Follow These 10 Secret Success Tips to Make Your Next Sales Presentation Great
by Adam Luckeroth, on Dec 26, 2013 2:42:55 PM
Before you open with your pitch, understand one simple fact: people respond to people. Even if your pitch is comprised of the most compelling facts and figures, without a human face and personal connection to communicate value, those numbers mean nothing. Strive to make your interactions personal, including phrases like "I" and "you" so that they understand your shared stake in the venture. Doing so will not only help sales conversion, but build relationships in the process.
Make a Memorable First and Last Impression
A lot hinges on your first contact with a potential client. Much of what determines the likelihood of sale is determined within the first seven seconds of a meeting. The perceptions formed are not limited to surface judgments either; these personal assessments include everything from status to trustworthiness. For this reason, you should be confident in both your entrance and exit, gaining trust initially and leaving a lasting impression in their minds when you depart.
Practice Good Speaking
In many ways, the effectiveness of a good sales pitch is not determined by nuance. Practicing strong public speaking skills remains the most fundamental way to improve your presentation. Avoid filler works like "um" and "uh", keep your body language open and confident, avoid shifting your weight back and forth frequently and speak slowly and clearly. It's not complicated, but these simple steps can make all the difference.
The attention span of the average human being in the Internet age has reached a paltry five minutes. When delivering important and sometimes complex information, this leaves little breathing room for loquacious orators. Know what you want to say and make a point of saying it effectively, quickly, and intelligently in order to avoid losing listeners before your message even lands.
Have a Clear Objective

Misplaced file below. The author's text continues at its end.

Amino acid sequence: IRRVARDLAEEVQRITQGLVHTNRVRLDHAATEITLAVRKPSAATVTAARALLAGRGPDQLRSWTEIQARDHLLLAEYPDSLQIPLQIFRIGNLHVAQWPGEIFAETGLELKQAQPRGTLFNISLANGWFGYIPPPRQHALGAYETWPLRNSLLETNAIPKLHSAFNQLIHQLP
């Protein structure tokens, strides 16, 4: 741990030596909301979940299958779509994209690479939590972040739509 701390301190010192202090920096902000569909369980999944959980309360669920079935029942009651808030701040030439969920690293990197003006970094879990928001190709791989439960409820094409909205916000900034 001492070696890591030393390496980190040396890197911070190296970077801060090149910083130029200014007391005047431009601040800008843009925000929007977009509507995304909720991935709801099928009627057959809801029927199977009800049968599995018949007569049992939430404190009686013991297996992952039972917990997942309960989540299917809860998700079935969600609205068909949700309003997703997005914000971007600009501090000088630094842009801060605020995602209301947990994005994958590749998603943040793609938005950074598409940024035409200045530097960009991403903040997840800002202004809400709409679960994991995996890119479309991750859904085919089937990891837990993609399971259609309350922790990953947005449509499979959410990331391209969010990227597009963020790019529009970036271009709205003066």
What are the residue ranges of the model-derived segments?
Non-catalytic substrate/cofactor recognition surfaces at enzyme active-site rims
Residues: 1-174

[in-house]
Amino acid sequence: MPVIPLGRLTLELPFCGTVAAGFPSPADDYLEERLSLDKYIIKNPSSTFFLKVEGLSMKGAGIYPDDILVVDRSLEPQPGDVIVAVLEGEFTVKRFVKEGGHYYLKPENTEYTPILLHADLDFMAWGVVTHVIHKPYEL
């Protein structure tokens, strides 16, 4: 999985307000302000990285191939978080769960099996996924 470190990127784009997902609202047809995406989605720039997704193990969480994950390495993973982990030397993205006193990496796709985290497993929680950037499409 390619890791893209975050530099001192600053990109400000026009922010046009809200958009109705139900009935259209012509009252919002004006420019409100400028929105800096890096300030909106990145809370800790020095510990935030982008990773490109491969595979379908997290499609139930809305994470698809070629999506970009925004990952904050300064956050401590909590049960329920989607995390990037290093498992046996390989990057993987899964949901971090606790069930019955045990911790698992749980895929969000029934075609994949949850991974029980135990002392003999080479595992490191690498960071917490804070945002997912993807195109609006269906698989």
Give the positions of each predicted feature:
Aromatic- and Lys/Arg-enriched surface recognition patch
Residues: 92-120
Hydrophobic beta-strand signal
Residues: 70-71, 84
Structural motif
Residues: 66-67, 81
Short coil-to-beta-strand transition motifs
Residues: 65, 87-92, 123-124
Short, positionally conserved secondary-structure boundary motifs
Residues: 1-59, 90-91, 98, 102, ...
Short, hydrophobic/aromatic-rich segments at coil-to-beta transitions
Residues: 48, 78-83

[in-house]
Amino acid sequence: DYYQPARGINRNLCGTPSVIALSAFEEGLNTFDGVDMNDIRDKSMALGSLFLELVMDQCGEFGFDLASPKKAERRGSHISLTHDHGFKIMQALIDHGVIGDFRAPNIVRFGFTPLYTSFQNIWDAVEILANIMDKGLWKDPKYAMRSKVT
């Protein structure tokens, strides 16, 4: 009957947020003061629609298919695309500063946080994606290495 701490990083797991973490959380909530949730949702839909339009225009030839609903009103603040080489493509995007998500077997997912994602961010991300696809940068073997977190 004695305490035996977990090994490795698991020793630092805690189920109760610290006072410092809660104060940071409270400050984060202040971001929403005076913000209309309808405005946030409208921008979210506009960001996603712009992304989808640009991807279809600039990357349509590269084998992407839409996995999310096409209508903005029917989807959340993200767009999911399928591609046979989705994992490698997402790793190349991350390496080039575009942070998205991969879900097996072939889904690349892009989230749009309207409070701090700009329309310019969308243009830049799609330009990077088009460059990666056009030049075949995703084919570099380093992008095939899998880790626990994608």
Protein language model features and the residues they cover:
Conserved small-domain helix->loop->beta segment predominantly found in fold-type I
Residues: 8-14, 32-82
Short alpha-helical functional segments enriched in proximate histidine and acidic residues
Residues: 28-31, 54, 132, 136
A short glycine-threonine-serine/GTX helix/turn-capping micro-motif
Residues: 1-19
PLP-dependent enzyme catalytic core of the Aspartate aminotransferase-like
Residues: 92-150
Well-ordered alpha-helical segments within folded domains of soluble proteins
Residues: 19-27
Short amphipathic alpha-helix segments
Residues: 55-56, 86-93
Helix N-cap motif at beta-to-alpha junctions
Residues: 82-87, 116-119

Leaving your mark means knowing what mark you wish to leave. Doling out information ad nauseum may make the facts known, but without pointing these statistics in the right direction, your sales pitch amounts to little more than a lecture. Know what you want to accomplish with each customer and focus your efforts on that aim specifically. Doing so will cut out the excess and keep your listeners on track.
Effectively Structure Your Material
Throwing out your call-to-action before you've even made your argument doesn't make much sense. Constructing a narrative by leading your audience down an interesting and effective path, on the other hand, does. When you organize your information, address their needs and concerns of first, and then construct a picture of how your product helps improve their situation. Know your listeners and guide them down a relevant, engaging, and well-organized path.
Use Memorable Stories
Statistics in context may drive a pitch, but an interesting story helps it stick. By offering interesting tales of solutions with a personal backdrop, you not only solidify the effectiveness of your product or service, you connect with your audience on a human level. Research has further reinforced the potency of stories, enlightening our nature as creatures whose minds operate most effectively when information is structured so.
Don't Overdo the Detail
As fervently as you feel that every statistic brings legitimacy to your pitch, knowing what to keep and what to toss is much more important. It is important to take a look at every detail of your presentation and determine whether or not that fact holds any bearing on the lives or circumstances of your listeners. Focusing on the relevance of facts ensures that the meat-and-potatoes of your argument remain engaging and effective, eschewing dry, academic delivery for well-crafted messages.
Leave Fluff Out
The aforementioned statistic on the average human attention span affects many aspects of an effective sales pitch. In particular, the economy of time your presentation is faced with, necessitates avoidance of all information, stories, or conversation points that do not directly benefit the message and reach toward the goal. Avoid bad jokes or pointless ramblings and make sure that all of your facts and points of argument mean something to the listener.
Give Your Message Time to Land
While your pitch may be compressed and concise, the effectiveness of your efforts will not manifest until the human brain digests that information. For this reason, avoid over-reading the reaction of your audience. If you offer some life-changing insight regarding the effectiveness of your product, it may not be that the client has failed to see the value; the implications of this reality simply have not hit yet. Be patient and understand that pitching a product requires a lot of convincing in order to turn meetings into sales conversion.
Effective communication is the backbone of a good sales pitch and knowing this can improve your bottom-line and your confidence. Connect on a human level in a concise manner from the very moment you walk in the door. Keep your presentation organized and effective and give your handiwork time to land. Observing these basics will keep your mind on track and your pitch on point to the benefit of your relationships and effectiveness.